“She’s been a Member of Parliament, city councillor and school trustee. She’s a grandmother and daughter. And she has a proven track record engaging people to build stronger families and better neighborhoods. In 2006, Olivia was elected as an MP. A strong voice for federal investment in our infrastructure, she earned a reputation for working with MPs from all parties. She was re-elected in 2008 and 2011.”
“John knows how to successfully lead, manage and obtain results from large, complex organizations. This proven ability to bring people together is evident throughout his career, including as CEO of one of Canada’s largest publishing and broadcasting companies, and as Commissioner and Chairman of the Canadian Football League. His leadership has been widely credited with returning that national institution to stability. John’s passion for Toronto and his commitment to the values of tolerance and compassion are especially evident through his many years as a volunteer, fundraiser and community activist. He has been a volunteer director and has championed the causes of such organizations as the Canadian Paraplegic Association, Crimestoppers, St. Michael’s Hospital, Toronto Association for Community Living, the United Way, and the Women’s Legal Education & Action Fund (LEAF).”
“Active at both City Hall and in the community, Karen sits on the City’s Planning and Growth Management Committee; Employee and Labour Relations Committee; Toronto School Boards Task Force; and the City’s Striking Committee (essentially an appointments committee). She is also a member of the Providence Healthcare Foundation and is actively involved with the board for the North Toronto Memorial Arena and the Larry Grossman Forest Hill Memorial Arena. Karen also works collaboratively with the Yonge-Lawrence Village BIA, The Uptown Yonge BIA and the Eglinton Way BIA.”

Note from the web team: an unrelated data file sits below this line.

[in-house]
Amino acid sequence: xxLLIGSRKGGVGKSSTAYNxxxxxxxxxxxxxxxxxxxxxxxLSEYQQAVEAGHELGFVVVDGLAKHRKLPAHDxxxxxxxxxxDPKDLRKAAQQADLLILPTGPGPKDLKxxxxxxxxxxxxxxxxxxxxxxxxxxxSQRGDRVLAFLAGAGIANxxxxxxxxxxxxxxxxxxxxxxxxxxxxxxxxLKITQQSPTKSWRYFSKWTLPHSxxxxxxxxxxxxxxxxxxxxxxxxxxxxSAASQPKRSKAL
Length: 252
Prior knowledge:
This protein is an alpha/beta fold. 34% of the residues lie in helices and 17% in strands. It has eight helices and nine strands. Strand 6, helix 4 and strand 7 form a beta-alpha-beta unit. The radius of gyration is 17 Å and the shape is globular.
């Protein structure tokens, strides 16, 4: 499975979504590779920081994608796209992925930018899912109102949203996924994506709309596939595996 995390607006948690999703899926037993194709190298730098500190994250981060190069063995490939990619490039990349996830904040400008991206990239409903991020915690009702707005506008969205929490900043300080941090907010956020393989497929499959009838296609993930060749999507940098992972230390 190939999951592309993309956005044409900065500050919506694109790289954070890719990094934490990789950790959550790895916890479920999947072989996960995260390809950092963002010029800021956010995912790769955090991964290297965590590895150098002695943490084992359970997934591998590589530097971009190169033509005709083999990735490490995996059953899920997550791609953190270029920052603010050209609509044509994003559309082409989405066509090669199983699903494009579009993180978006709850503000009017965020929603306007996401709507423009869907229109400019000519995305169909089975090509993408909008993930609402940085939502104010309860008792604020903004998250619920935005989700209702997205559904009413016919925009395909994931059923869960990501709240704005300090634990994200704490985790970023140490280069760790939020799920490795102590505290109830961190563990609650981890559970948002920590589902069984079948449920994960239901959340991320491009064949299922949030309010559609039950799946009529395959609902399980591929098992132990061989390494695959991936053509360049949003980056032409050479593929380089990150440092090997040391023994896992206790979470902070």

“David Soknacki’s top priorities: fighting commuter gridlock – and the political gridlock that has made your commute tougher. David Soknacki will fast track new policies to improve your commute now, not in the distant future. He’ll push for more innovative construction strategies to get transport infrastructure built more quickly. And he’s the only civic leader to have spoken out against TTC Chair Karen Stintz’s relentless, selective price hikes for Metropass buyers, who make up the majority of transit riders. Most of all, David will fight gridlock the way Mayor Ford and TTC Chair Karen Stintz didn’t care to: with the efficient use of tax dollars in mind. Although he’s a lifelong Scarborough resident, David is the ONLY major mayoral candidate with the political courage to promise to cancel the Bloor-Danforth subway extension in Scarborough, and replace it with modern, cost-effective LRT plan that was already partly designed – and fully funded. The “Ford-Stintz Stubway” is a politically-motivated Goliath of waste that would take longer to build, serve far fewer people and cost far more.”